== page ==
Defendant's second Motion in Limine (doc. no. 54) seeks to exclude the expert testimony of Government Witness, Pennsylvania State Trooper Michael Warfield, who will testify regarding his expert opinion on distribution versus possession of the cocaine for personal use. The alleged basis for Mr. Warfield's expert opinion stems from numerous factors including the volume of the cocaine, the amount of cash found on Defendant's person, and his possession of an expensive vehicle, without legitimate means by which to acquire the vehicle. While the Court agrees with Defendant that Mr. Warfield may not testify on the ultimate issue of whether or not Defendant possessed the requisite intent to distribute cocaine pursuant to Fed. R. Evid. 704(b), the Court will not exclude the testimony of Mr. Warfield. Should the testimony of Mr. Warfield move afield from the proper scope of testimony, Defense counsel shall properly object and the Court will consider any such objection during trial. With the above caveat, the Court hereby ORDERS that the Defendant's Motion in Limine (doc. no. 54) is DENIED.
Defendant's third and final Motion in Limine (doc. no. 55) seeks to exclude evidence under Fed. R. Evid. 404(b) regarding prior alleged distributions of controlled substances by Defendant. The Government seeks to introduce this evidence through the testimony of Ms. McFeaters and Mr. Smith, who are cooperating witnesses.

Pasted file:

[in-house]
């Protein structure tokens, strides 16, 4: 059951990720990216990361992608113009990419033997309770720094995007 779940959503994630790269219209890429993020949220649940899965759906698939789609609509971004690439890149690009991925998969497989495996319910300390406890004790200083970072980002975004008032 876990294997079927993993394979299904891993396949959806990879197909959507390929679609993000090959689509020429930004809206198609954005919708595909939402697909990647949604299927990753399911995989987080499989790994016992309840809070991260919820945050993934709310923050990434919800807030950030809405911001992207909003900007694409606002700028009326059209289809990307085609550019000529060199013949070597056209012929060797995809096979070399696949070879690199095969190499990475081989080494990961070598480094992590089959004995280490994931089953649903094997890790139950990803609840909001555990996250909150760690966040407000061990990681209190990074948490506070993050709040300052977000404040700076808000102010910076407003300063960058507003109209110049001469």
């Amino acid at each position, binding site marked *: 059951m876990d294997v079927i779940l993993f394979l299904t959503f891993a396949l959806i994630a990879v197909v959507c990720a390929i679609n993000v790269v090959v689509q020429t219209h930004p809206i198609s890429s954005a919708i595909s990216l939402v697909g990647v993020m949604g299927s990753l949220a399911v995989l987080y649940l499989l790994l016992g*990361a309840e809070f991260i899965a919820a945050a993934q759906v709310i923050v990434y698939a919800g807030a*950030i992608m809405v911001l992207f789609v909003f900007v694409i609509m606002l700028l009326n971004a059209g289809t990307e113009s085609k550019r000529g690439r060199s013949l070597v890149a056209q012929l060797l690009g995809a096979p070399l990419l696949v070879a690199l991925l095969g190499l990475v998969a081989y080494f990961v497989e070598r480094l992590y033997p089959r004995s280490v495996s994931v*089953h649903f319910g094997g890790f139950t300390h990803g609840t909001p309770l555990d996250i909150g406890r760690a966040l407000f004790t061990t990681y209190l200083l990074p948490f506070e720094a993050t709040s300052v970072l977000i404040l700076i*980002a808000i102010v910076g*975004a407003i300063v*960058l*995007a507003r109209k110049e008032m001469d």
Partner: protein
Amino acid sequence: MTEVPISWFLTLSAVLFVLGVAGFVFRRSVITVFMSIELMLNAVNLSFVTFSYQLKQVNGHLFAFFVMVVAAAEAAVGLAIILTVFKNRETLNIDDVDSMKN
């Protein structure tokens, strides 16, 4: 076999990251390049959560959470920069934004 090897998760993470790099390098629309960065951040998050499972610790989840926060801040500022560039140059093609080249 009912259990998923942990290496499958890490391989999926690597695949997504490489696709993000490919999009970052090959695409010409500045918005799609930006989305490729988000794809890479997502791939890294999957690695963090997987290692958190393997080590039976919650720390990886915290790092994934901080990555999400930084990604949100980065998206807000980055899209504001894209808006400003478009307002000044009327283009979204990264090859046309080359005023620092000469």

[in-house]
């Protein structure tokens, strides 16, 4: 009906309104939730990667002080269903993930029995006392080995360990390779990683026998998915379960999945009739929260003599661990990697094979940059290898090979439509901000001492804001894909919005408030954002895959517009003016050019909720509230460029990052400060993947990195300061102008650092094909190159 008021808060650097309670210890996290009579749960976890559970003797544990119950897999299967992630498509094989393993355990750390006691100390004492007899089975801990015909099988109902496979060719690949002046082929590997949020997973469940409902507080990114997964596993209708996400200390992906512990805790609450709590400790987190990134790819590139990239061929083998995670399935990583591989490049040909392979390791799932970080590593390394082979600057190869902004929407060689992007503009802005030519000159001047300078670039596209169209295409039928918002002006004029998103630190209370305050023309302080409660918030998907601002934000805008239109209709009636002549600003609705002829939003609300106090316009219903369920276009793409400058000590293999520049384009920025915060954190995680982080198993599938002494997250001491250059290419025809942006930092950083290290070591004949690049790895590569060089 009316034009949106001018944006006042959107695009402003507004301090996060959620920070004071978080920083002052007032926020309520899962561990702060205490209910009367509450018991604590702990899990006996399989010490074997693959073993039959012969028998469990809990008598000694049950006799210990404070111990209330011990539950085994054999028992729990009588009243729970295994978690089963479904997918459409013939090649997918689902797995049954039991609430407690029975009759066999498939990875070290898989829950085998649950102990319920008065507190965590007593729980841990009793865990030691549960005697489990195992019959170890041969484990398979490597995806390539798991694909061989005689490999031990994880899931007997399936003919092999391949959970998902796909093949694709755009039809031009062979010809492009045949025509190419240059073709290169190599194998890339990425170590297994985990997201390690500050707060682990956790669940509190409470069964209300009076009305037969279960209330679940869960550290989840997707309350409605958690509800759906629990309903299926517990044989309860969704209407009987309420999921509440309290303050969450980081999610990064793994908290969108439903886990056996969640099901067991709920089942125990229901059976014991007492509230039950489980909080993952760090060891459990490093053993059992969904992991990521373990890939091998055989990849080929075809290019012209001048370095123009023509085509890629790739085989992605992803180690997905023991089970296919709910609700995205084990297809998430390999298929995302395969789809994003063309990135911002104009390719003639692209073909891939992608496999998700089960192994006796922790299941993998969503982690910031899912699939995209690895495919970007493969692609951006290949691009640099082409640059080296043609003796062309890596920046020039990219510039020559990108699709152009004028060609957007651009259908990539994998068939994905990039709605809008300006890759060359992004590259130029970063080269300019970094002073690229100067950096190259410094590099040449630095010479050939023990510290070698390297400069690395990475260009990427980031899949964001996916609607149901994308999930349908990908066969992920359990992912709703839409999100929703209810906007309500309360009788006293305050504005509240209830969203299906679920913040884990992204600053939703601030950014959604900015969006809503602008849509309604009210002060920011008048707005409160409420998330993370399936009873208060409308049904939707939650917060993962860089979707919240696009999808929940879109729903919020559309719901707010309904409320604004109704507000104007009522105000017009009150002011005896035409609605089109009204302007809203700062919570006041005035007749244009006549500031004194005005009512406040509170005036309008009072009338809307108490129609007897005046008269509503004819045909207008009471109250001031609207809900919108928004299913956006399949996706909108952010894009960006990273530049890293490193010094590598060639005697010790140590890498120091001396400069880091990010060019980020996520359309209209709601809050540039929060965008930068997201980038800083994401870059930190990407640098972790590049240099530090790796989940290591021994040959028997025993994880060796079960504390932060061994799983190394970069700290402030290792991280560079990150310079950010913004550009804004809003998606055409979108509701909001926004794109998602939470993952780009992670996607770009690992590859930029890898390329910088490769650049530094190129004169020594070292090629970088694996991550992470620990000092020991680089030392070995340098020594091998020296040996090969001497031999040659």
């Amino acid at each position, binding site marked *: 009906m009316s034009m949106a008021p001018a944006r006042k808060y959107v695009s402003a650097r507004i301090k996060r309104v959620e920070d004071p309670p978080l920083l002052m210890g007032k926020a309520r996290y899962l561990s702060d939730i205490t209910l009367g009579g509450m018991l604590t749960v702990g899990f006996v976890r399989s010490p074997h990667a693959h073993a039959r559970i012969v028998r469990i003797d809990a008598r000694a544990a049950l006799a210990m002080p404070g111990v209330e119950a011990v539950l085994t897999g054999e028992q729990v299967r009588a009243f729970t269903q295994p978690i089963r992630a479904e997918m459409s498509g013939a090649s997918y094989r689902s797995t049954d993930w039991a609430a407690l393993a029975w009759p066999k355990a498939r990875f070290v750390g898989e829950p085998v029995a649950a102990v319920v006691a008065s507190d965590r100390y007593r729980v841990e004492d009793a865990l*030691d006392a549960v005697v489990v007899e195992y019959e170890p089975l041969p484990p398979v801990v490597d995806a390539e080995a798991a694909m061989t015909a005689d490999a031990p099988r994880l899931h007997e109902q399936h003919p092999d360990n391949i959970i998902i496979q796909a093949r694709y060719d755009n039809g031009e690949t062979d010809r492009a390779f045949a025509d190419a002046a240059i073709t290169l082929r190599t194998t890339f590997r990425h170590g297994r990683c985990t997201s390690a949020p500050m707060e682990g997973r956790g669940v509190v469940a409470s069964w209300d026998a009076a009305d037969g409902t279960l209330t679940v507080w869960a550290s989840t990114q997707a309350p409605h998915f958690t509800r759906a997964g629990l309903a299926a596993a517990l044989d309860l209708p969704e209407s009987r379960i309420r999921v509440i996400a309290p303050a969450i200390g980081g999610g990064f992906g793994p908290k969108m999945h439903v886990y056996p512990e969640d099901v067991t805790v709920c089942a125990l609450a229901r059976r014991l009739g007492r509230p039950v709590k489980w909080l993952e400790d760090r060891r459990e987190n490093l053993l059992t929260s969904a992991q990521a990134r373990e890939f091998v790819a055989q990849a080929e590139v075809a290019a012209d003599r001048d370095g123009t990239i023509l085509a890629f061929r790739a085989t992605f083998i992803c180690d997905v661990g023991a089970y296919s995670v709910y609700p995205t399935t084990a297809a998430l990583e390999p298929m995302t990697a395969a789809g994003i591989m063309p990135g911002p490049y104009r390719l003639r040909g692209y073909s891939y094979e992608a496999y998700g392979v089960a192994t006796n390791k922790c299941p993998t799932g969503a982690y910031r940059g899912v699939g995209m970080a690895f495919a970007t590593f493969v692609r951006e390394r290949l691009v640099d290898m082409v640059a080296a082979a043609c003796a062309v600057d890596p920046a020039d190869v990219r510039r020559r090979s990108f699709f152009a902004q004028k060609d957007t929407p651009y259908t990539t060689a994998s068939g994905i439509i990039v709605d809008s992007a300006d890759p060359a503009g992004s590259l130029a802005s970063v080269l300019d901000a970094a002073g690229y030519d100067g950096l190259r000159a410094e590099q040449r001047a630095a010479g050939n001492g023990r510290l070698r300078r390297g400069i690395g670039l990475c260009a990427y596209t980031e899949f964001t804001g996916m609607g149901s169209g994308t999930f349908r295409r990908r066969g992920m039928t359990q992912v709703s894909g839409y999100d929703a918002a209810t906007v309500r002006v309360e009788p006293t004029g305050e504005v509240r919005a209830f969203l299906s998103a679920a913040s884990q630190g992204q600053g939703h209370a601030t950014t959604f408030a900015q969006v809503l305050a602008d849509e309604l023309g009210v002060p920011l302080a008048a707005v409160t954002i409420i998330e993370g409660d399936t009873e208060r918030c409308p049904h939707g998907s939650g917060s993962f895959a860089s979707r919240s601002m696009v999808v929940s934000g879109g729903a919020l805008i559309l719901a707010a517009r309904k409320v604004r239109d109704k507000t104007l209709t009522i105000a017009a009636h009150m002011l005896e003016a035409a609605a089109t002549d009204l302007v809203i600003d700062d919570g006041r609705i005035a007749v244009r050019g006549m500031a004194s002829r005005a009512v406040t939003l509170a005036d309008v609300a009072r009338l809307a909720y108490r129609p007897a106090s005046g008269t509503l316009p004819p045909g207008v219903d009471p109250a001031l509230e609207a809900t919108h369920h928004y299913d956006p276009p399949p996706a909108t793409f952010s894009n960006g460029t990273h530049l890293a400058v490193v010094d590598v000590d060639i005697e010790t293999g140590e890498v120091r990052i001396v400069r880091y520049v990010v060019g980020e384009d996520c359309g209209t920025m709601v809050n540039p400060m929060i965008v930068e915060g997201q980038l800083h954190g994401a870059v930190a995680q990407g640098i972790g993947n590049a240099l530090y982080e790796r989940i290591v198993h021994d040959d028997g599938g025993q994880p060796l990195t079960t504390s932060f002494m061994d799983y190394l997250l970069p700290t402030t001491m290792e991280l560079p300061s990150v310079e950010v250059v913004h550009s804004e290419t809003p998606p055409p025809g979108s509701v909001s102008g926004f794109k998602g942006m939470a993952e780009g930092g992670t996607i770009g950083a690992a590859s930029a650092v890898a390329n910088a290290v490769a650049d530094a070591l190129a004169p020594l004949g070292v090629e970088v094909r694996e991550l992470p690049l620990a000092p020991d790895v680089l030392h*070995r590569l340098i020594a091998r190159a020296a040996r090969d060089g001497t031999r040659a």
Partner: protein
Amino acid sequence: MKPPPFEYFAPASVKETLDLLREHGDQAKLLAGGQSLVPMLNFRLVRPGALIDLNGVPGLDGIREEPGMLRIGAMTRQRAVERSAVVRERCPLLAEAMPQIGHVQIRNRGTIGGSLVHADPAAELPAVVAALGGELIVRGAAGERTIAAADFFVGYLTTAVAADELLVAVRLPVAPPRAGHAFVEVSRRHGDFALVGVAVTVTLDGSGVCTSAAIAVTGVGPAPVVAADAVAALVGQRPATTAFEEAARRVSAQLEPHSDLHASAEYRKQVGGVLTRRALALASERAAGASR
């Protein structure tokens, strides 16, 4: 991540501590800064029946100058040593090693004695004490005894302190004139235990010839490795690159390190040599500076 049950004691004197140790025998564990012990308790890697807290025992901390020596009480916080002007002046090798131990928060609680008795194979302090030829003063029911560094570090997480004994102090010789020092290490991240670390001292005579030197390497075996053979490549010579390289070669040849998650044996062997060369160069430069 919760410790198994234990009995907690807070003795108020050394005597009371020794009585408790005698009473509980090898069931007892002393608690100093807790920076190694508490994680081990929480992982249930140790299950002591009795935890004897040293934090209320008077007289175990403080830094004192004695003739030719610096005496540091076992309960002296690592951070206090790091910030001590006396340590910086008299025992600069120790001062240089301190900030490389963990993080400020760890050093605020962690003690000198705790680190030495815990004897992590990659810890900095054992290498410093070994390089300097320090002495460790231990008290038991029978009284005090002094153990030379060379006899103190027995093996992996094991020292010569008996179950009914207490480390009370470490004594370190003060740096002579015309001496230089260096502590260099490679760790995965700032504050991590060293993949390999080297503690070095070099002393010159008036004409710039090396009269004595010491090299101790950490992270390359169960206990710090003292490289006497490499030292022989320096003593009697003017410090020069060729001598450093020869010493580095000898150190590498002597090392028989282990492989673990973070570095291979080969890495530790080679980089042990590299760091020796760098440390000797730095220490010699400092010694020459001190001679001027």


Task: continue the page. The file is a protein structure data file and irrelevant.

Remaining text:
Evidence of prior "bad acts" may be admitted only if: (1) the other crimes evidence [has] a proper purpose as set forth in Rule 404(b); (2) the proffered evidence [is] relevant; (3) its probative value [outweighs] its potential for unfair prejudice; and (4) the [Court charges] the jury to consider the other crimes evidence only for the limited purpose for which it is admitted. United States v. Lee, 573 F.3d 155, 166 (3d Cir. 2009)(citing Huddleston v. United States, 485 U.S. 681 (1988)).
The Court finds that all four parts of the Huddleston test have been met. First, the evidence has a proper purpose under 404(b), which is to show that Mr. Dees had the intent to distribute the cocaine. Second, the evidence is relevant. The evidence tends to show that Mr. Dees had the intent to distribute cocaine. After carefully weighing the probative value of the evidence with the potential for unfair prejudice under Rule 403, the Court finds that the potential for unfair prejudice does not outweigh the probative value of the evidence. Finally, the Court will issue a limiting instruction both during trial and during final jury instructions, should the parties so request, and proffer such a limiting instruction.
This ruling is consistent with prior decisions of the United States Court of Appeals for the Third Circuit and similar cases within this District where evidence of prior distribution of drugs was admitted to show the requisite intent to distribute. See, id.; United States v. Givan, 320 F.3d 452, 460--62 (3d Cir. 2003); United States v. Bacon, Crim. No. 11-42, Doc. No. 983, 5-6 (W.D. Pa. Oct. 31, 2012) (Schwab, J.); United States v. Manghan, Crim. No. 11-45, Doc. No. 1083, 6 (W.D. Pa. Oct. 16, 2012) (Schwab, J.); United States v. Curran, 2011 WL 3421420, *3 (W.D. Pa. Aug. 4, 2011) (McVerry, J.); United States ...